In the most recent ranking of the World Economic forum, which compares the competitiveness of 140 countries around the world, Slovakia ranked 67th. Since we ranked 8 places higher the year before, the media presented this as positive news. If we, however, look at the long-term evolution of the Slovak economy’s competitiveness not only in this, but in other rankings, we realize that the picture we are looking at is drastically different. It is a literally tragic story of a dramatic decline in our competitiveness.
In 2000, we ranked 38th, and in 2010 we fell to 60th, while today we stand at the aforementioned 67th place. Although the year-on change is interesting for the media, it does not provide us with almost any vital information. If we really want to know how we are doing in terms of competitiveness, we have to look at a longer-term evolution of Slovakia’s place in all available rankings.
Probably the most renowned is the World Bank’s Doing Business, which includes the Paying Taxes ranking. The Swiss IMD also ranks competitiveness, and indexes of economic freedom, published by the Fraser institute and the Heritage Foundation, are indicators of competitiveness as well. If we take a look at the evolution of Slovakia’s standing for the last 10 years, we come to the conclusion that there has been a significant drop in the ranking of our competitiveness. While 10 years ago we usually ranked in the top third or quarter of the ranked countries, today we usually rank in the bottom half, in most cases also last among the V4 countries and also similarly in the reduced ranking of EU countries, which are the most fitting sample to compare with.
An explanation to this negative trend is offered in two parts: Other countries have been improving while our business environment has been worsening, or we have been stagnating at best. Even though every Slovak government in the last 10 years had improvements of the entrepreneurial environment in its program, the current actually has ambitions to rank among the Top 20 countries in Doing Business, in reality we have witnessed the very opposite happening. The current government finds pleasure in using selective actions, but previous governments, who had also declared they were determined to cancel or refuse new measures and benefits only targeting chosen groups, had also failed to deliver any positive change.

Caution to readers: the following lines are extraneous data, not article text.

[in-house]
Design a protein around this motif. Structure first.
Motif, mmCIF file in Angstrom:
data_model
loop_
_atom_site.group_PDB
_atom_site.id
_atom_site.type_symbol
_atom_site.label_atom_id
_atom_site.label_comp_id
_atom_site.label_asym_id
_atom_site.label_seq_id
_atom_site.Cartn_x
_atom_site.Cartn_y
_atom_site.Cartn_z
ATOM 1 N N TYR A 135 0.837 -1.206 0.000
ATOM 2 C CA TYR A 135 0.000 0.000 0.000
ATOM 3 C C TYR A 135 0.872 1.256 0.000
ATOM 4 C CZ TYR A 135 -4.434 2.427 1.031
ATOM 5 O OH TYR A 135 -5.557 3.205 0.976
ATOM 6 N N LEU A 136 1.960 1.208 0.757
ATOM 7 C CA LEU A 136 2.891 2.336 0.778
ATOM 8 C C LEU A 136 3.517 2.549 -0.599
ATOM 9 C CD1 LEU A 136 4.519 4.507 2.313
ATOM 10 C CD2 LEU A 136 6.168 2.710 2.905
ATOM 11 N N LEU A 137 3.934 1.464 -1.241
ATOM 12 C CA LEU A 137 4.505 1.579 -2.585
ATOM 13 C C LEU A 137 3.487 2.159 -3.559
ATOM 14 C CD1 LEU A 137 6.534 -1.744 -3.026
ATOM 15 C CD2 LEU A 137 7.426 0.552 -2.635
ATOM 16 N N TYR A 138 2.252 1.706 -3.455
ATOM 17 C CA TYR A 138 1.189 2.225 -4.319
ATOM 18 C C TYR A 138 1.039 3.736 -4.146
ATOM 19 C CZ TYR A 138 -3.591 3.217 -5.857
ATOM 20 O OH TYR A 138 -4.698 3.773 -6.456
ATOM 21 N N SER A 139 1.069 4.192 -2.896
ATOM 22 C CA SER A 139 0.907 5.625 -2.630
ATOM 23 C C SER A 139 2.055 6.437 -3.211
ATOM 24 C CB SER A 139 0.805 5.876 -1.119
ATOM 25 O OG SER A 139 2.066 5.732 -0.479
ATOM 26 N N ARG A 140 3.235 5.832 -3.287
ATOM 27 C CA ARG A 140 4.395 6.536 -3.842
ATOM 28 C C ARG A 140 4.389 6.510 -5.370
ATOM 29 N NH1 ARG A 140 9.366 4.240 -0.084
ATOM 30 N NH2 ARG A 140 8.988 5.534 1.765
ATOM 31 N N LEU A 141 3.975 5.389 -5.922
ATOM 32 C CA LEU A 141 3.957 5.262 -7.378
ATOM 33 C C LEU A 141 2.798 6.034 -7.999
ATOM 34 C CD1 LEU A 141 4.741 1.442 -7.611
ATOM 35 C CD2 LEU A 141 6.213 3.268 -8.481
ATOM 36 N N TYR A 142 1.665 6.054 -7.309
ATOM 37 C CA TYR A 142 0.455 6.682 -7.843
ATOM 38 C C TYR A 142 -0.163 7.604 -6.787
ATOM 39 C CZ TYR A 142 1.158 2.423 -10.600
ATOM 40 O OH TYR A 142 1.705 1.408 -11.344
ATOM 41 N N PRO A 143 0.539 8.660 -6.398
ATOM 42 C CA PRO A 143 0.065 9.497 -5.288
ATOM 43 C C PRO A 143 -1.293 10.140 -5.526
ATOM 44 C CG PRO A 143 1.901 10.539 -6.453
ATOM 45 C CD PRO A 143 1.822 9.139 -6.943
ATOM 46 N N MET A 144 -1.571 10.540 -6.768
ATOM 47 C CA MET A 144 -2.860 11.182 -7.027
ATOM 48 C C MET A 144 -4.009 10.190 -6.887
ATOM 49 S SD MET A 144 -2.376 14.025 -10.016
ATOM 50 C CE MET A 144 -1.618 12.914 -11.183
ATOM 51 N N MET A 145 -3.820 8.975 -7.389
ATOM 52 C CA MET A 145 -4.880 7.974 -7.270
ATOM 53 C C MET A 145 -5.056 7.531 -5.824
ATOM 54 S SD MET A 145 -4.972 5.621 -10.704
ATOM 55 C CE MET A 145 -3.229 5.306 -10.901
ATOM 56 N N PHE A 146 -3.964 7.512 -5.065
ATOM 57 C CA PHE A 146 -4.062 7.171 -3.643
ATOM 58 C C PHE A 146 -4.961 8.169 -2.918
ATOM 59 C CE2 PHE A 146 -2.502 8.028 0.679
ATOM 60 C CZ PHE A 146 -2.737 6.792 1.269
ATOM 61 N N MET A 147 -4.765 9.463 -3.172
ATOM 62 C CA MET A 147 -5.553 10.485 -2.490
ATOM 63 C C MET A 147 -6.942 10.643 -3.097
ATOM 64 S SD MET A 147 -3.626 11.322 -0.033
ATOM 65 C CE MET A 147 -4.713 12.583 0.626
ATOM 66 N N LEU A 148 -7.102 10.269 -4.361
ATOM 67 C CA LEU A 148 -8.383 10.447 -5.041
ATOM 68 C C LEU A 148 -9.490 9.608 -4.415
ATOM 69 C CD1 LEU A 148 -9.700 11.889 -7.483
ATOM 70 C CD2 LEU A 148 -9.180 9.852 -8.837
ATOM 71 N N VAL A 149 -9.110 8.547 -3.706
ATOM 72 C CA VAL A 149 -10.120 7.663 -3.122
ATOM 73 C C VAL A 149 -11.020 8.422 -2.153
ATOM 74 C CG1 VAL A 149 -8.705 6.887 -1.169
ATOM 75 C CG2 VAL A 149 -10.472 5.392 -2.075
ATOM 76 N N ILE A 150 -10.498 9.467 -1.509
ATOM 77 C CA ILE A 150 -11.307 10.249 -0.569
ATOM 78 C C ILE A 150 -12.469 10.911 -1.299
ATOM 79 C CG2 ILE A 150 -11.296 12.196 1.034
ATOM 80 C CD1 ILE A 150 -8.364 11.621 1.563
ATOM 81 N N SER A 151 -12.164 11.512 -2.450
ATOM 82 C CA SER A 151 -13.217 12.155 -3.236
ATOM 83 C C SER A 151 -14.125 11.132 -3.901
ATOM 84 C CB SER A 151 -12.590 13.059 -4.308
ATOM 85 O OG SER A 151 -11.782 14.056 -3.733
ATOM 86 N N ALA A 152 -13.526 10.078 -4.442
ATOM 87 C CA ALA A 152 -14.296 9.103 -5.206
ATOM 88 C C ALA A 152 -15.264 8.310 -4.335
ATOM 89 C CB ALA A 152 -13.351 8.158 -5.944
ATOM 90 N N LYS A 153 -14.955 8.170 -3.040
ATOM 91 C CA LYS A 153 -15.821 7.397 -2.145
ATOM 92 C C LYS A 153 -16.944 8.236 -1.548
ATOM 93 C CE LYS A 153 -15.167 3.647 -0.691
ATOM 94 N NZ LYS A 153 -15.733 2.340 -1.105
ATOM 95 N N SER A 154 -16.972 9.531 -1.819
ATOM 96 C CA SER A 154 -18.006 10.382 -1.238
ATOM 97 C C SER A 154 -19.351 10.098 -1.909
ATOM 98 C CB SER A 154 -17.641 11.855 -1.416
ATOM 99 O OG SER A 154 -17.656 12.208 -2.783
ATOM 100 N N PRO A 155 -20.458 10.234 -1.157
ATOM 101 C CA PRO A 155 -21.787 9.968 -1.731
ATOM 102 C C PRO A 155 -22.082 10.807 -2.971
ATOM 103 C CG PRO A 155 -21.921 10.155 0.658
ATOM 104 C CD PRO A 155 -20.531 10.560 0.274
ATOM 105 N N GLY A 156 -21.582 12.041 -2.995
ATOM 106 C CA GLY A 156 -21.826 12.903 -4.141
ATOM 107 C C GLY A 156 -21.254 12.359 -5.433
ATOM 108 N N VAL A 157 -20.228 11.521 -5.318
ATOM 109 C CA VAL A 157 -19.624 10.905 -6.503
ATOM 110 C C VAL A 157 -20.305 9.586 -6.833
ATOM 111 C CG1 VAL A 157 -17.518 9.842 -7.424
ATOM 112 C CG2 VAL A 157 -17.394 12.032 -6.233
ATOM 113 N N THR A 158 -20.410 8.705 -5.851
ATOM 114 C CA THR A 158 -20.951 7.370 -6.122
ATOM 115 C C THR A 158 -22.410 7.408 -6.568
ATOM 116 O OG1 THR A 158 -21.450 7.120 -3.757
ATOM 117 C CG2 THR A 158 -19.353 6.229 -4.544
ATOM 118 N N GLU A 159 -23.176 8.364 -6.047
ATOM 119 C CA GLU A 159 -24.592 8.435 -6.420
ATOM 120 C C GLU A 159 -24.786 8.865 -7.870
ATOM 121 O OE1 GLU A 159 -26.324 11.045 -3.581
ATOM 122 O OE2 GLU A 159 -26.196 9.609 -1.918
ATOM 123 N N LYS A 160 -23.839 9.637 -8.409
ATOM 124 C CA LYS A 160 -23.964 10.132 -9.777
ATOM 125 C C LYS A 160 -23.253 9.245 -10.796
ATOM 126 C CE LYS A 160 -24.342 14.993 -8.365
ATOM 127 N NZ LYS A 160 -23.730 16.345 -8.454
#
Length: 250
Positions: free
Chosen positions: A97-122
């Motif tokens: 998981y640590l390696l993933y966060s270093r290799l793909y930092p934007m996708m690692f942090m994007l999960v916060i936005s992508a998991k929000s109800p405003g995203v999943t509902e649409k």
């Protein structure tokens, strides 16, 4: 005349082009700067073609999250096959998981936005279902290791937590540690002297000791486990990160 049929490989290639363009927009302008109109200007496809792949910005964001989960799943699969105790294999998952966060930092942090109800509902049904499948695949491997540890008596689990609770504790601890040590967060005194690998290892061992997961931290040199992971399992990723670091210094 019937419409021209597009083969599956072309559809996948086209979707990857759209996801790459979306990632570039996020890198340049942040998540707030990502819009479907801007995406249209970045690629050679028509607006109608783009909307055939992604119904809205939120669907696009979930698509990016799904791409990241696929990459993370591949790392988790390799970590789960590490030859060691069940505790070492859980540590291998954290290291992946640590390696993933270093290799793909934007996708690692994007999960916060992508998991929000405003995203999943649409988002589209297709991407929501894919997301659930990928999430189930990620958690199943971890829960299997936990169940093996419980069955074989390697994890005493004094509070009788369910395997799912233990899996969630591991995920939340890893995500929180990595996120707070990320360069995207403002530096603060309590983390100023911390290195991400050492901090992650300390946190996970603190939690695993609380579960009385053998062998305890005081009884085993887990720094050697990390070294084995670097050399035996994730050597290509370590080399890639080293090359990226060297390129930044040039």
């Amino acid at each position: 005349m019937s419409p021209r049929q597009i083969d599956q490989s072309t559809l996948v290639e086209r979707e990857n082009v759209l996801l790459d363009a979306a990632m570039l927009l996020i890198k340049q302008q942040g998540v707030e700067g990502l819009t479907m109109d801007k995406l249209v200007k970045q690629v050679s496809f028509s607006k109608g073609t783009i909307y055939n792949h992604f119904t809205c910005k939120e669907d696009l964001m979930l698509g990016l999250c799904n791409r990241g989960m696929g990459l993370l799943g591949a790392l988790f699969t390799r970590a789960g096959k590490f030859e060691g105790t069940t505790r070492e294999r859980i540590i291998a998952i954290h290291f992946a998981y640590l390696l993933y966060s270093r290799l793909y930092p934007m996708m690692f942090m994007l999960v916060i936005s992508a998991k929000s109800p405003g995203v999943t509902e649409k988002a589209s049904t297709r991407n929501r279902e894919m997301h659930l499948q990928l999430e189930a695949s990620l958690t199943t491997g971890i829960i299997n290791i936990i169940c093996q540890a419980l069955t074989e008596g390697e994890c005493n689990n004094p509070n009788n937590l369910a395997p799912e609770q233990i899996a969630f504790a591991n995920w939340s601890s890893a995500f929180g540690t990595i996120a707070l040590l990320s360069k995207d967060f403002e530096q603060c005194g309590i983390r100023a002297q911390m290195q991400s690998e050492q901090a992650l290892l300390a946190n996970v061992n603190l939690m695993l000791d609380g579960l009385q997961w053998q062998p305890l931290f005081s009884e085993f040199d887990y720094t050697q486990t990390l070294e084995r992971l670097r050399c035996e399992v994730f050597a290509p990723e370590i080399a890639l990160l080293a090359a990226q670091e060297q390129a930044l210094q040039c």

Entrepreneurs rightfully feel that while the state only keeps increasing their taxes, obligations, and the endless bureaucracy, it is clearing the path to others with investment incentives (foreign investors), or saves them if they are big enough (previously banks, now Váhostav). The small businesses are too unimportant for such measures Is there ever going to be a government that will consider one of its top priorities to fundamentally simplify conditions for entrepreneurship, decrease the level of bureaucracy, and actually execute them in reality? There have been numerous examples globally, which have shown that it is indeed possible to do in a relatively short period of time. After all, even in Slovakia did it successfully between 1999 and 2005.
Author: Ján Oravec
Translation: Robert Cesar